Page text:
The Vatican is sending money to Catholic dioceses and agencies in west Africa to help fight the spread of Ebola.
The Pontifical Council for Justice and Peace announced that the Holy See would be making a “financial contribution” to support Church-sponsored assistance to those affected by the Ebola outbreak. Vatican Radio reported the sum would be $3.5 million (£2.3million).
The council said in a written statement: “The Holy See encourages other donors, whether private or public, to add to these funds as a sign of solidarity with our brothers and sisters who are suffering gravely in the areas affected by the disease.”
Cardinal Peter Turkson, council president, traveled to Liberia and Sierra Leone last month to meet with government officials and Church leaders and to demonstrate the Vatican’s support for those affected by the crisis.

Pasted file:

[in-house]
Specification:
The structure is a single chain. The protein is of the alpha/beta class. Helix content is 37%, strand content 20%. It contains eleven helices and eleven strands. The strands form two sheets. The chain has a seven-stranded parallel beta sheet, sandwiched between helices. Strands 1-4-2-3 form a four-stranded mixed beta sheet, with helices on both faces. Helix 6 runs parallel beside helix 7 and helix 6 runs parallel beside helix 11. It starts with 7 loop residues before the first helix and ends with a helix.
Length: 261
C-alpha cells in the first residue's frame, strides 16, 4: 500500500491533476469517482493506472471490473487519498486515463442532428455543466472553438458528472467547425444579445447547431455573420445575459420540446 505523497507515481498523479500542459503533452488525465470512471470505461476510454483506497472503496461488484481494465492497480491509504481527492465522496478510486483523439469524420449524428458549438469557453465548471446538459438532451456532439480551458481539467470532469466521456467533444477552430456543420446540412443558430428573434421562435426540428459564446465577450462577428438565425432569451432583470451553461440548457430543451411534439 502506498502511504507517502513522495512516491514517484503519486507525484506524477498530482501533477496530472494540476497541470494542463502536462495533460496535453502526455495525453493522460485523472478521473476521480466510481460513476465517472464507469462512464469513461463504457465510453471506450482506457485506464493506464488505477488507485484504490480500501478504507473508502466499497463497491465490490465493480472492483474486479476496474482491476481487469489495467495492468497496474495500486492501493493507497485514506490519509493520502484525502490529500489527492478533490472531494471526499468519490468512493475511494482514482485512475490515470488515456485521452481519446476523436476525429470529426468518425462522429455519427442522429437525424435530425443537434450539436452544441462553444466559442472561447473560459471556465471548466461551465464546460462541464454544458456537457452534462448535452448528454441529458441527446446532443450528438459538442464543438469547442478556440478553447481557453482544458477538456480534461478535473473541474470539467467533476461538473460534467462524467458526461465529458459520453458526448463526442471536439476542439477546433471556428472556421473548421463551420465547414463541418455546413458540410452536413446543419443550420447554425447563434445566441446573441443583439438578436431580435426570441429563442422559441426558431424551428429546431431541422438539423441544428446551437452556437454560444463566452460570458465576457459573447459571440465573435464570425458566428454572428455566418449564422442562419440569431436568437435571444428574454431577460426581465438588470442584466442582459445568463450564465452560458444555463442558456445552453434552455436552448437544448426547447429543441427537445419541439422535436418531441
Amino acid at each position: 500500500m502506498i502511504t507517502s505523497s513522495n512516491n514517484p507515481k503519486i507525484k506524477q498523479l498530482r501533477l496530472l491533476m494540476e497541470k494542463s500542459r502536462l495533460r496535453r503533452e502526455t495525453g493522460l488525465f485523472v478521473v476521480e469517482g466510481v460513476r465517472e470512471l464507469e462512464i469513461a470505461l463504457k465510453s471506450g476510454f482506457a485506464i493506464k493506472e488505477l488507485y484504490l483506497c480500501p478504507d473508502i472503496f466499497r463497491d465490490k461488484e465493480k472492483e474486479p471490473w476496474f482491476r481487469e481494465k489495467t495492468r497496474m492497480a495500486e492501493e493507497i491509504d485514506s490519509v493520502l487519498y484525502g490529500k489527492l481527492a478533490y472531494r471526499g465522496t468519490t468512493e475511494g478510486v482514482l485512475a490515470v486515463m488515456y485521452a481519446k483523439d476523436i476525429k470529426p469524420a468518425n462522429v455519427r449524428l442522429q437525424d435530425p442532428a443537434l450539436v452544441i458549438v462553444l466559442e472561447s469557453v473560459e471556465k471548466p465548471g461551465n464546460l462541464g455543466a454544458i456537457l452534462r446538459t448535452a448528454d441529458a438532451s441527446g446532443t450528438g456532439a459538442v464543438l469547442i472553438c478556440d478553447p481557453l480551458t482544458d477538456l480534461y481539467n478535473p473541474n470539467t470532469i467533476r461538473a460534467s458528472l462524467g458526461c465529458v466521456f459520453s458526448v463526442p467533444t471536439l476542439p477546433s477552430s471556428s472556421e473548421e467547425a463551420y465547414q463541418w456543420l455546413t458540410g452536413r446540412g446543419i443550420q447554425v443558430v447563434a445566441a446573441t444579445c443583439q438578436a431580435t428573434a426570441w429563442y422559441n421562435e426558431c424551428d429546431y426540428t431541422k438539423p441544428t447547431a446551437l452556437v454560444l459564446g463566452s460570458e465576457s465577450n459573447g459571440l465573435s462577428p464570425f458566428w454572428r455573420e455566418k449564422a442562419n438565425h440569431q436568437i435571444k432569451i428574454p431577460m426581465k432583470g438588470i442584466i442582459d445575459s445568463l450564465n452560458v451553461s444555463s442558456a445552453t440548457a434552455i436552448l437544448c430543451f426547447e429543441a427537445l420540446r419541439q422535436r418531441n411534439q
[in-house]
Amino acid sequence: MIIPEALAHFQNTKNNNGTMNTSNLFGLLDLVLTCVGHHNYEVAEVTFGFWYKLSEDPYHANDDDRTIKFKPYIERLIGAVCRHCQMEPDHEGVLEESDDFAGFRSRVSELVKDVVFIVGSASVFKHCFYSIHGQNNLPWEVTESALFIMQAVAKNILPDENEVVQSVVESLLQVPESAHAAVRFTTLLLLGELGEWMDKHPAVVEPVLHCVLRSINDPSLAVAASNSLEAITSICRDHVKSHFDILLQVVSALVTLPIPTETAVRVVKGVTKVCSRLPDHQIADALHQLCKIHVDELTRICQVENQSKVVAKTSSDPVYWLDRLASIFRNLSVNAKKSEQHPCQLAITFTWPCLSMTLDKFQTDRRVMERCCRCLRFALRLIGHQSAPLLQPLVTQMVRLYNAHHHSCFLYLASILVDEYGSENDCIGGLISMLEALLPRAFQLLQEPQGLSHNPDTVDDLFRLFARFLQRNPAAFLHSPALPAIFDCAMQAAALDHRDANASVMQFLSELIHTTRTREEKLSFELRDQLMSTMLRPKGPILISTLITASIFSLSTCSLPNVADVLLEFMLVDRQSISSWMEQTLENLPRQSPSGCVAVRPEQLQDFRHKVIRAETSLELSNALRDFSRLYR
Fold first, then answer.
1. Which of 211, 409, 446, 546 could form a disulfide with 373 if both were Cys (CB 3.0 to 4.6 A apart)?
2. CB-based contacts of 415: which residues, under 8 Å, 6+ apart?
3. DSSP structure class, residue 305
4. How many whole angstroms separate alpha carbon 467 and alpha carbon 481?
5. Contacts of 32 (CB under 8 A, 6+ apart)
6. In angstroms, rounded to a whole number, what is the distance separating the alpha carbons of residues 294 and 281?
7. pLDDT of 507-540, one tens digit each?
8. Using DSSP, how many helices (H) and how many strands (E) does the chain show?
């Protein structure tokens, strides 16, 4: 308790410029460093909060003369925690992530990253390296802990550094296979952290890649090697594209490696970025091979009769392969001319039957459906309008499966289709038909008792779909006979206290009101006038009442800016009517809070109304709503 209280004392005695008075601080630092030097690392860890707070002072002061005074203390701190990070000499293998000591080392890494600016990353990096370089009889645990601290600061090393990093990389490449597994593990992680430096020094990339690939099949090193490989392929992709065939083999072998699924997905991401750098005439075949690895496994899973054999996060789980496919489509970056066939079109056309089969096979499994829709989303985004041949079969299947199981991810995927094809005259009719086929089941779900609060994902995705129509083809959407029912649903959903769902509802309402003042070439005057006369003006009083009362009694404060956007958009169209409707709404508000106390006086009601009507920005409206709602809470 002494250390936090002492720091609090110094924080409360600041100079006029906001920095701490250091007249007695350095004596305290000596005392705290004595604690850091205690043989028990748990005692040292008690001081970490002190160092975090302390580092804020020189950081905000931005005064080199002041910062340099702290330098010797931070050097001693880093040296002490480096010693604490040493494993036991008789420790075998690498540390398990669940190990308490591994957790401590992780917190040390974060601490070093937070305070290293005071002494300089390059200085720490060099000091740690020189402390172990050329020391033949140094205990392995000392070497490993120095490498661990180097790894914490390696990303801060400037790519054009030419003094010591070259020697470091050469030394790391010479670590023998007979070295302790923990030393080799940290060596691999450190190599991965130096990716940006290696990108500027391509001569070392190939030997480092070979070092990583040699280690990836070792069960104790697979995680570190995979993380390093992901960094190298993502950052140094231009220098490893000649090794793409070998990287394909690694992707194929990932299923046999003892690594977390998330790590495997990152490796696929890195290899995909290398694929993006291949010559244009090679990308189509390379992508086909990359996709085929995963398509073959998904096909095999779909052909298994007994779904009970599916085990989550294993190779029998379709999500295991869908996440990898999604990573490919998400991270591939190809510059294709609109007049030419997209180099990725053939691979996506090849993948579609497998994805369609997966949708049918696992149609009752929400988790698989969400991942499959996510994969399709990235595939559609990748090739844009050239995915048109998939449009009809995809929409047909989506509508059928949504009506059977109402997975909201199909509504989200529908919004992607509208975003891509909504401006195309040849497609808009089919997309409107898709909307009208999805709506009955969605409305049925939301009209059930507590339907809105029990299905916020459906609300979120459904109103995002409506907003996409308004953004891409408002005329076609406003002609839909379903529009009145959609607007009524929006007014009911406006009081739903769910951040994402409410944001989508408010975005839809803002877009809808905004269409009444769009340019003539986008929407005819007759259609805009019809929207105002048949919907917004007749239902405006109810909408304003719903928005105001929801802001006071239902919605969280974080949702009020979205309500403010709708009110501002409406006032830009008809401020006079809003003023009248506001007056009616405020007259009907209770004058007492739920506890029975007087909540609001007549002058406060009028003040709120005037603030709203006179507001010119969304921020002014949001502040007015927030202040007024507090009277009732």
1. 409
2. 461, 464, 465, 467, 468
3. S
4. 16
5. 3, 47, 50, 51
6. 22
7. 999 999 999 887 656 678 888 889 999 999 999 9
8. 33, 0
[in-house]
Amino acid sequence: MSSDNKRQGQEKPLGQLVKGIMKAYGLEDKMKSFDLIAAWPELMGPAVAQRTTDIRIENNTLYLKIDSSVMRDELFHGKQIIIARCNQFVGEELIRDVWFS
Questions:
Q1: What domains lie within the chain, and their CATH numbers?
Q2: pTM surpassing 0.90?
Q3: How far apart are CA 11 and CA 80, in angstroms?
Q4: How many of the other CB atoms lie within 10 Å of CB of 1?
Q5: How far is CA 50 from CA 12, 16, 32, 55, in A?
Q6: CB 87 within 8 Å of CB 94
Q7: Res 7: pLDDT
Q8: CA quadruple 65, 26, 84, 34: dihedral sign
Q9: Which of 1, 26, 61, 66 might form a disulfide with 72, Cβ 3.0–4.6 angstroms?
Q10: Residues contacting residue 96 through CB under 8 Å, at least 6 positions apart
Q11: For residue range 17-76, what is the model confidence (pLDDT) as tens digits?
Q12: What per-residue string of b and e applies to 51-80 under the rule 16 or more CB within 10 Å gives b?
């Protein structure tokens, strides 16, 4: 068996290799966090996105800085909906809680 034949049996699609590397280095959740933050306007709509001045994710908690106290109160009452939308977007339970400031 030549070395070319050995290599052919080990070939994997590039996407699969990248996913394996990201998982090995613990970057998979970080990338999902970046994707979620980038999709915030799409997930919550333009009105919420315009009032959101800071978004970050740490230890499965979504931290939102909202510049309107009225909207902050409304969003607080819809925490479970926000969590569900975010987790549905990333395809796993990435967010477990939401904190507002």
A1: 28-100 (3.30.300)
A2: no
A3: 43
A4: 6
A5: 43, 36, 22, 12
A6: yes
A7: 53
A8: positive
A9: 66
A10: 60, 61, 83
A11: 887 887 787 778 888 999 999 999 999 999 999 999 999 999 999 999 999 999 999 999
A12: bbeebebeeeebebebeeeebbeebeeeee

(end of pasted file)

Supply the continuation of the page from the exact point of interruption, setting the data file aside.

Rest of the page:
The Vatican’s financial contribution will go “to purchase much-needed protective supplies, to assist with the transport of patients and to pay for the renovation of buildings,” as well as help support families affected by the virus and children who have been orphaned, the council said.
The funding also will be used to help residents in affected areas learn about and follow strategies needed to stop the spread of Ebola, train and support clergy, religious and lay pastoral workers to attend better to people’s physical, emotional and spiritual needs; and help local parishes counteract “the Ebola-related stigma now emerging as a serious problem, particularly for survivors”.
The funding, it said, will be administered by Caritas Internationalis, the umbrella organisation for national Catholic charities, but will be available by request to projects run by dioceses, religious
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